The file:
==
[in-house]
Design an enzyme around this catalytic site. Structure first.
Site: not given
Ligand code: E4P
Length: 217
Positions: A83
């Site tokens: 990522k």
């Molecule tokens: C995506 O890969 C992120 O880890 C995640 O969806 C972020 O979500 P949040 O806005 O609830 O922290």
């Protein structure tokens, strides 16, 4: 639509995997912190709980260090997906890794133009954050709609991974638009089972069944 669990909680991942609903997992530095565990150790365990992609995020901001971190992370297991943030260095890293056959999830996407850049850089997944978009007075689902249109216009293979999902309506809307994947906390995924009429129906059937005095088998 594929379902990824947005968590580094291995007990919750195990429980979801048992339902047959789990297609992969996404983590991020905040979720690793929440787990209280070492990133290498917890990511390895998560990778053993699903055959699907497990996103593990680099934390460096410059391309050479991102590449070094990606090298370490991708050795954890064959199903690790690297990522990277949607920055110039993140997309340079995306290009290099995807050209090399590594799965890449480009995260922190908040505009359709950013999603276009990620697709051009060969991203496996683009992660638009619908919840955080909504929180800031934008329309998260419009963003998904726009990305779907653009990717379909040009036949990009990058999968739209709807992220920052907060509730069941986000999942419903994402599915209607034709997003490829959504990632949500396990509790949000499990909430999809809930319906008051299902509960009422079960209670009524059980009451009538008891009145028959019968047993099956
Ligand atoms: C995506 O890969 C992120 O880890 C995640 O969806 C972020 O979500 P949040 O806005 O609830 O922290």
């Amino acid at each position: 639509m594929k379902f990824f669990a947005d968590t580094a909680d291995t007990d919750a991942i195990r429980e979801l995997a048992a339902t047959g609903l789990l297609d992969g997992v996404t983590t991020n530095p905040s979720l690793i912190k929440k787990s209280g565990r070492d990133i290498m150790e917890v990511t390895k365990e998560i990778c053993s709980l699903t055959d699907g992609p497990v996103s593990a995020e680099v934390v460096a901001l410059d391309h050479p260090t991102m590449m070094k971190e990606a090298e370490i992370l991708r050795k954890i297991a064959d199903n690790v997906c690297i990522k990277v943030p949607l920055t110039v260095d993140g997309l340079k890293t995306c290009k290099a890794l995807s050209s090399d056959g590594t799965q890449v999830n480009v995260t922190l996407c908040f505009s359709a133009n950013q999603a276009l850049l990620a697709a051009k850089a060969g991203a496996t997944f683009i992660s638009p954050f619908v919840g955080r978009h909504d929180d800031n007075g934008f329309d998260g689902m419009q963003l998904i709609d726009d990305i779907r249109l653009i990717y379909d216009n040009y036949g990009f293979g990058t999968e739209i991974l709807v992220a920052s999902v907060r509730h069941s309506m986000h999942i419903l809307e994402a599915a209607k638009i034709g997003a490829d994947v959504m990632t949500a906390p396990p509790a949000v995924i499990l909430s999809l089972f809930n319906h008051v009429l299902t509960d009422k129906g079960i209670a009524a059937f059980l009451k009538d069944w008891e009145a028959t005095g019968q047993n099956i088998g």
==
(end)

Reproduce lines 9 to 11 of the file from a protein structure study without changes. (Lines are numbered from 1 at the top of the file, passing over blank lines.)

């Protein structure tokens, strides 16, 4: 639509995997912190709980260090997906890794133009954050709609991974638009089972069944 669990909680991942609903997992530095565990150790365990992609995020901001971190992370297991943030260095890293056959999830996407850049850089997944978009007075689902249109216009293979999902309506809307994947906390995924009429129906059937005095088998 594929379902990824947005968590580094291995007990919750195990429980979801048992339902047959789990297609992969996404983590991020905040979720690793929440787990209280070492990133290498917890990511390895998560990778053993699903055959699907497990996103593990680099934390460096410059391309050479991102590449070094990606090298370490991708050795954890064959199903690790690297990522990277949607920055110039993140997309340079995306290009290099995807050209090399590594799965890449480009995260922190908040505009359709950013999603276009990620697709051009060969991203496996683009992660638009619908919840955080909504929180800031934008329309998260419009963003998904726009990305779907653009990717379909040009036949990009990058999968739209709807992220920052907060509730069941986000999942419903994402599915209607034709997003490829959504990632949500396990509790949000499990909430999809809930319906008051299902509960009422079960209670009524059980009451009538008891009145028959019968047993099956
Ligand atoms: C995506 O890969 C992120 O880890 C995640 O969806 C972020 O979500 P949040 O806005 O609830 O922290």
């Amino acid at each position: 639509m594929k379902f990824f669990a947005d968590t580094a909680d291995t007990d919750a991942i195990r429980e979801l995997a048992a339902t047959g609903l789990l297609d992969g997992v996404t983590t991020n530095p905040s979720l690793i912190k929440k787990s209280g565990r070492d990133i290498m150790e917890v990511t390895k365990e998560i990778c053993s709980l699903t055959d699907g992609p497990v996103s593990a995020e680099v934390v460096a901001l410059d391309h050479p260090t991102m590449m070094k971190e990606a090298e370490i992370l991708r050795k954890i297991a064959d199903n690790v997906c690297i990522k990277v943030p949607l920055t110039v260095d993140g997309l340079k890293t995306c290009k290099a890794l995807s050209s090399d056959g590594t799965q890449v999830n480009v995260t922190l996407c908040f505009s359709a133009n950013q999603a276009l850049l990620a697709a051009k850089a060969g991203a496996t997944f683009i992660s638009p954050f619908v919840g955080r978009h909504d929180d800031n007075g934008f329309d998260g689902m419009q963003l998904i709609d726009d990305i779907r249109l653009i990717y379909d216009n040009y036949g990009f293979g990058t999968e739209i991974l709807v992220a920052s999902v907060r509730h069941s309506m986000h999942i419903l809307e994402a599915a209607k638009i034709g997003a490829d994947v959504m990632t949500a906390p396990p509790a949000v995924i499990l909430s999809l089972f809930n319906h008051v009429l299902t509960d009422k129906g079960i209670a009524a059937f059980l009451k009538d069944w008891e009145a028959t005095g019968q047993n099956i088998g």